Natalie Portman, Mila Kunis, Darren Aronofsky Stage Mesmerizing ‘Black Swan’

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Average: 5 (12 votes) Oscarman rating: 5.0/5.0
Rating: 5.0/5.0

CHICAGO – Darren Aronofsky’s “Black Swan” pulses with the kind of energy and life that we only see from cinema a few times a year. With creative expression rarely seen in American film and one of the best performances by an actress that you will ever see, “Black Swan” is a film that resonates for hours and even days after you see it. You won’t easily shake this masterpiece. And you won’t want to.

There are films that twist and turn toward a specific interpretation. Films like “Fight Club” or “The Sixth Sense” rely on a twist that is designed to change the way you view what you just saw while films like “Inception” work to constantly keep the viewer asking questions about exactly “what is going on.” It may be tempting to approach “Black Swan” in the same way – trying to figure out exactly what’s real and what’s imagined; trying to “interpret” the film.

Black Swan
Black Swan
Photo credit: Fox Searchlight

And yet not all art needs to be explained. There’s a moment in “Black Swan” where a teacher looks at a student and instructs her that all that stands in front of her is herself and that she needs to let herself go. It could very well be a stand-in for Aronofsky and the viewer: the director telling you to simply take this ride. Don’t look at it as a mystery to be solved. We appreciate forms of art in which we’re more accustomed to unexplainable events like ballet, opera, or even dance without question – merely taking in the emotion and riding on the feelings. Aronofsky and writers Mark Heyman and Andres Heinz and John McLaughlin are trying to do much the same thing. Don’t interpret the dream literally. Just marvel at what it makes you feel.

In a career-best performance that also stands as the best of the year in any category, Natalie Portman stars as a ballet dancer named Nina Sayers. She’s a fragile soul who lives with her mother (Barbara Hershey) and has clearly devoted much of her body and soul to her craft. Nina works for a company headed by the intense Thomas (Vincent Cassel), who announces that he will be staging a deconstruction of the legendary “Swan Lake.” His longtime lead dancer Beth (Winona Ryder) will not be taking the role of The Swan Queen, leaving it open for Nina to prove that she’s worth the part. Meanwhile, a newcomer named Lily (Mila Kunis) threatens Nina’s possible stardom while also challenging her to find the “Black Swan” within.

“Black Swan” is a film about many things and it’s naturally hard for a critic to say “don’t interpret it” and then offer an interpretation, but I think the thematic foundation of the story is about how much of an artist is required to give of herself to succeed. If “The Wrestler” was about a man who gave his entire body for success, “Black Swan” is a film about a woman who gives even more – her identity. She loses herself completely first by giving over her physical self and then possibly goes insane, depending on your interpretation of the chilling, terrifying final act of the film, in which it becomes unclear what’s real and what’s imagined and, as I said, only really becomes effective when you realize it doesn’t matter.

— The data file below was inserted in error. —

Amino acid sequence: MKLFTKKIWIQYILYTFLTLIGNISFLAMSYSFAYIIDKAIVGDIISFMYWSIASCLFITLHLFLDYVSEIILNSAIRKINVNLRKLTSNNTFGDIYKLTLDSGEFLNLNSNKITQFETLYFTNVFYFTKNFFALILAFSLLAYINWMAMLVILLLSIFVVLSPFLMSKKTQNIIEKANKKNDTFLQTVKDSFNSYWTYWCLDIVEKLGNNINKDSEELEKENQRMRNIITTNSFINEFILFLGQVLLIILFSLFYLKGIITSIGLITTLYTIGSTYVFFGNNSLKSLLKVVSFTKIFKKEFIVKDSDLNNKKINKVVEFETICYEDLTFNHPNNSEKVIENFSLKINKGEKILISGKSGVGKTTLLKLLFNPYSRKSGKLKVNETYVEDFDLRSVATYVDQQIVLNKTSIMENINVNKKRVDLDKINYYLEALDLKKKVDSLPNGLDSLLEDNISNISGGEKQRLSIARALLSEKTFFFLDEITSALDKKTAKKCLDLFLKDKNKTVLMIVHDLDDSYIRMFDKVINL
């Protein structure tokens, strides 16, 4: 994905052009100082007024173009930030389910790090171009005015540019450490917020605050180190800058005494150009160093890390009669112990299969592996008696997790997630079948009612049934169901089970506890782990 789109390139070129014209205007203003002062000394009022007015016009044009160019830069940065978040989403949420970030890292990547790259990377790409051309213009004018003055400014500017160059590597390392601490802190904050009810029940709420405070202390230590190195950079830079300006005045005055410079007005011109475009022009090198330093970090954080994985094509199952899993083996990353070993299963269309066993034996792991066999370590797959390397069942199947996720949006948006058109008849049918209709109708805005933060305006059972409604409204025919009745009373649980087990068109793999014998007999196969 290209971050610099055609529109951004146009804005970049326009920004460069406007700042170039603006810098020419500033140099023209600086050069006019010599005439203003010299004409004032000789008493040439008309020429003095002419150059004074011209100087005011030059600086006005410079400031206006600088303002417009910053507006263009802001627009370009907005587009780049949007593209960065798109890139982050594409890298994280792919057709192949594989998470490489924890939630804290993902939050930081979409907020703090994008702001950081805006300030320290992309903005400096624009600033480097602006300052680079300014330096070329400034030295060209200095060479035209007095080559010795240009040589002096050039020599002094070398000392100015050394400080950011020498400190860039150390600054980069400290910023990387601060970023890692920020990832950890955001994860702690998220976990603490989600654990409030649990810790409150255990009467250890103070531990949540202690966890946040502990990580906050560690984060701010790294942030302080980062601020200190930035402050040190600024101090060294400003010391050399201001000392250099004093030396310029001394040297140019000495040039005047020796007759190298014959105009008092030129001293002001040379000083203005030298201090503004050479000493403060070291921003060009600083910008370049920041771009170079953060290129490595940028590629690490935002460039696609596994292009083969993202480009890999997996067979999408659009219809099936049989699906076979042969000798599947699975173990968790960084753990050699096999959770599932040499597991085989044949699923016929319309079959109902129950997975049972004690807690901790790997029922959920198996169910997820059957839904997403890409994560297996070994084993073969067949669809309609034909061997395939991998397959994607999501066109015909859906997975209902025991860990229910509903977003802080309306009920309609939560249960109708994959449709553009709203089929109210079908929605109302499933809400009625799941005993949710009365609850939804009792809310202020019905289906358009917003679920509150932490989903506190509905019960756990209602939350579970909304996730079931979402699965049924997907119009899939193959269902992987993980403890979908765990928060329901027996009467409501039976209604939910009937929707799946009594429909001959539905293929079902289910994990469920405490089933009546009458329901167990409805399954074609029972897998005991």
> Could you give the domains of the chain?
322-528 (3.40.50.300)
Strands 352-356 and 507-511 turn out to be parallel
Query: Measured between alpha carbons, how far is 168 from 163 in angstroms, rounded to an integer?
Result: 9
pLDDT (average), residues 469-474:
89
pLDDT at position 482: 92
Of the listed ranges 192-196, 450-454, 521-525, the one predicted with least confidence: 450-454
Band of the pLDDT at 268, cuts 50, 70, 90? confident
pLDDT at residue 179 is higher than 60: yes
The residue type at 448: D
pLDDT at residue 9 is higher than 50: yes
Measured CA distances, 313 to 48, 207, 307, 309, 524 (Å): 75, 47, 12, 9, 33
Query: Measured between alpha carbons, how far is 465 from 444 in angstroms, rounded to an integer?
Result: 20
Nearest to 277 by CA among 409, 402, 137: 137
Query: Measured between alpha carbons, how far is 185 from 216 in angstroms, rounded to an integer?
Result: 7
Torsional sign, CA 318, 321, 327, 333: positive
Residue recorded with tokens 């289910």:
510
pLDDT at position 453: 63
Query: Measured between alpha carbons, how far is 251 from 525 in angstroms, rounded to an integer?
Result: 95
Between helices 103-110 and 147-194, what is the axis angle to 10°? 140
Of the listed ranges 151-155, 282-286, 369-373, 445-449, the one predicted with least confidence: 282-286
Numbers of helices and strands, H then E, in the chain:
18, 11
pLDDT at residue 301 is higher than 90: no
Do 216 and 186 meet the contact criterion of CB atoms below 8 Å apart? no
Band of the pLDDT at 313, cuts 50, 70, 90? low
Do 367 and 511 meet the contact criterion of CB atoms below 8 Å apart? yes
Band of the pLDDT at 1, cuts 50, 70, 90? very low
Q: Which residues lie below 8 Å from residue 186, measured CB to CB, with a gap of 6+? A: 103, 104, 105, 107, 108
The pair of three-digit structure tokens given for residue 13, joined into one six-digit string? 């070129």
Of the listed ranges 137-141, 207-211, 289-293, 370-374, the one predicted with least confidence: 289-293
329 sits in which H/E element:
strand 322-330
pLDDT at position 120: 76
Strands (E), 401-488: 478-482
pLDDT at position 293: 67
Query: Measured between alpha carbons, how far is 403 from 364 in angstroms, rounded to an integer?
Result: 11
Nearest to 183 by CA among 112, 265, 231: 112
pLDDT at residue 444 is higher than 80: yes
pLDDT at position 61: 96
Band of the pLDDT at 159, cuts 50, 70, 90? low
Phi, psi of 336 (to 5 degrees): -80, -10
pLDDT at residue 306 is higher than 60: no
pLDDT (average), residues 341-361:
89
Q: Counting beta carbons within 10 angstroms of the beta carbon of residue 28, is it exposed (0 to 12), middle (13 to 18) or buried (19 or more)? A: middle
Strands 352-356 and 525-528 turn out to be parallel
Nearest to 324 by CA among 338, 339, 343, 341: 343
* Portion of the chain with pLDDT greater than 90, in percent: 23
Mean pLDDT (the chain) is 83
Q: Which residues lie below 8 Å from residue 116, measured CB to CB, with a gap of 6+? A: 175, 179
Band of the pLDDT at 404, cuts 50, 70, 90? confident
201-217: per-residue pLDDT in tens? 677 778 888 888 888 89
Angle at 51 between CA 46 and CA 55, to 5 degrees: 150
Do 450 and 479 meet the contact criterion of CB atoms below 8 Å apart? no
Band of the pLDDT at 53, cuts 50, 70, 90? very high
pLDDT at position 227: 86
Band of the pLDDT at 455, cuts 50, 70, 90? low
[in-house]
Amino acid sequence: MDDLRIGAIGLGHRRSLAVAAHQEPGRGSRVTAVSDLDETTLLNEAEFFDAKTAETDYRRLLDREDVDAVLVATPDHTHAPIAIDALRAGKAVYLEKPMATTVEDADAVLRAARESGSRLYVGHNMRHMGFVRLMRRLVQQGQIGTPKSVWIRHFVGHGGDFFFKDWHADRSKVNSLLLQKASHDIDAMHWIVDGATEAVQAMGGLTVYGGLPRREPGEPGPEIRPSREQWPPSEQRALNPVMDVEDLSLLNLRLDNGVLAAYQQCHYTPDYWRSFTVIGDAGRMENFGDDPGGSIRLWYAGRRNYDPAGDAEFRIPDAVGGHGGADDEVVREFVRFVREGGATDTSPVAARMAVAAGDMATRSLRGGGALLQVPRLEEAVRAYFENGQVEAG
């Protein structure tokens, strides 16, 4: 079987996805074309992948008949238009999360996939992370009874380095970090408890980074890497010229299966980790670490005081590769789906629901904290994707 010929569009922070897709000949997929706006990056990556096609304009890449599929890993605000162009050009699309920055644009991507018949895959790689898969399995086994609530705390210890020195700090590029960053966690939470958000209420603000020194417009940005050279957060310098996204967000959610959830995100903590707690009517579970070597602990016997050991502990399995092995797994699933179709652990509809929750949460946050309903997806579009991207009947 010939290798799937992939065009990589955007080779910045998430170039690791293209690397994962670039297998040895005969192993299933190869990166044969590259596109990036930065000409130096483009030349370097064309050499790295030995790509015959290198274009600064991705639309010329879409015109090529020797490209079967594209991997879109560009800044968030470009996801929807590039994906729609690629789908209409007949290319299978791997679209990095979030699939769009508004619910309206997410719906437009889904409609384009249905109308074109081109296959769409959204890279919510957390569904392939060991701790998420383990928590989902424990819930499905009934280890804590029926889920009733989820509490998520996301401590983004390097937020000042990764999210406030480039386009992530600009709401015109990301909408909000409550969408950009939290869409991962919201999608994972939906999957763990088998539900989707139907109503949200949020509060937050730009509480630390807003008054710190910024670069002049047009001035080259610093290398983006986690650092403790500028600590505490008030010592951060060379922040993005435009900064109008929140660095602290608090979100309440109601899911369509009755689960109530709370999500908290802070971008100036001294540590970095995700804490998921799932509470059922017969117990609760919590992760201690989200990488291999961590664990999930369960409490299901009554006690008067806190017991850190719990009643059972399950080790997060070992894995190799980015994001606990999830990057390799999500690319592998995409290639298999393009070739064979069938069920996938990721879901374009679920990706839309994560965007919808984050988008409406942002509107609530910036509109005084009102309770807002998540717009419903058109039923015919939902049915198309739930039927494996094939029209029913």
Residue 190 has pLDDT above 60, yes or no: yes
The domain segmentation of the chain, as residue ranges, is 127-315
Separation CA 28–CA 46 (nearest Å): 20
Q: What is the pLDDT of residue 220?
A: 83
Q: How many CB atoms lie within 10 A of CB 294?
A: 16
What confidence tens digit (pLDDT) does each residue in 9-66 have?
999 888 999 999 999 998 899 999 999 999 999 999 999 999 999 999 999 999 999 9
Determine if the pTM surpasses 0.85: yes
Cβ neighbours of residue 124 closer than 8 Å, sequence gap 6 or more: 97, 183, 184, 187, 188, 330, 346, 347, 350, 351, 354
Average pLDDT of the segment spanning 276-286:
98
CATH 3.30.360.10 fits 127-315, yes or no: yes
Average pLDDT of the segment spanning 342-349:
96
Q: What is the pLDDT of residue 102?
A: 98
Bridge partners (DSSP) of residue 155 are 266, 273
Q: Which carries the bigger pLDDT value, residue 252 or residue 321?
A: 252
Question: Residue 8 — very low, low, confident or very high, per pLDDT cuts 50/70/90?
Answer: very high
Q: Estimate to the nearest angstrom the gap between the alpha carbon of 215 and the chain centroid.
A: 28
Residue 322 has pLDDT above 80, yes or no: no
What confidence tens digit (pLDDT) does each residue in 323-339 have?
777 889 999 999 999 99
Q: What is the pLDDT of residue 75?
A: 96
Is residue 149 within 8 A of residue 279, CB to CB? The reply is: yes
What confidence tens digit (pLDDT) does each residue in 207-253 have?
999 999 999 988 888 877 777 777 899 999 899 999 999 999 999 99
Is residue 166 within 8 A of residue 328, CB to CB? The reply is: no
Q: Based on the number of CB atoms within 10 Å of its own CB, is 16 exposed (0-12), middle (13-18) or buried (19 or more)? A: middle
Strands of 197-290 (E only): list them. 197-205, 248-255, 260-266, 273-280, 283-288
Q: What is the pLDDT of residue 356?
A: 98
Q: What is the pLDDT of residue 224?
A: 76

Black Swan
Black Swan
Photo credit: Fox Searchlight

To say “Black Swan” plays like a nightmare doesn’t quite capture it. Too many films have played like bad dreams and that clichéd description doesn’t quite work here. Like the best work of David Lynch or Dario Argento, “Black Swan” plays like part-dream and part-reality at the same time. It’s more about symbols, emotions, themes, and other elements that most filmmakers don’t even dare try to capture in film. It works on parts of your brain and heart that moviegoers aren’t used to exercising in the theater and, consequently, it’s certainly not a film for everyone. But those who love it will fall head over heels.

As far as the individual elements of “Black Swan” are concerned, I simply can’t say enough about Natalie Portman’s performance. She gives all of herself to the part and is simply devastating in every scene. It is the kind of dedication by an actor that we only see every few years. Mila Kunis does the best work of her career and Vincent Cassel and Barbara Hershey take roles that could have easily become hammy villains and give mesmerizing performances. They’re both worthy of supporting Oscar consideration.

Black Swan
Black Swan
Photo credit: Fox Searchlight

Of course, when an entire ensemble delivers as completely as the one in “Black Swan,” credit must go to the director and Darren Aronofsky’s accomplishments here cannot be understated. This is such a confident, powerful piece of directorial work, beautifully merging themes that he’s played with before (obsession, performance, control, madness) with the technical accomplishments of regular collaborators like cinematographer Matthew Libatique and composer Clint Mansell.

“Black Swan” will be something different for you than it was for me, but to this viewer it represents that thing only seen in a movie theater a few times a year – when cinema transcends celluloid to become art.

‘Black Swan’ stars Natalie Portman, Mila Kunis, Vincent Cassel, Barbara Hershey, and Winona Ryder. It was written by Mark Heyman and Andres Heinz and John McLaughlin and directed by Darren Aronofsky. It opens on December 3rd, 2010. It is rated R. content director Brian Tallerico

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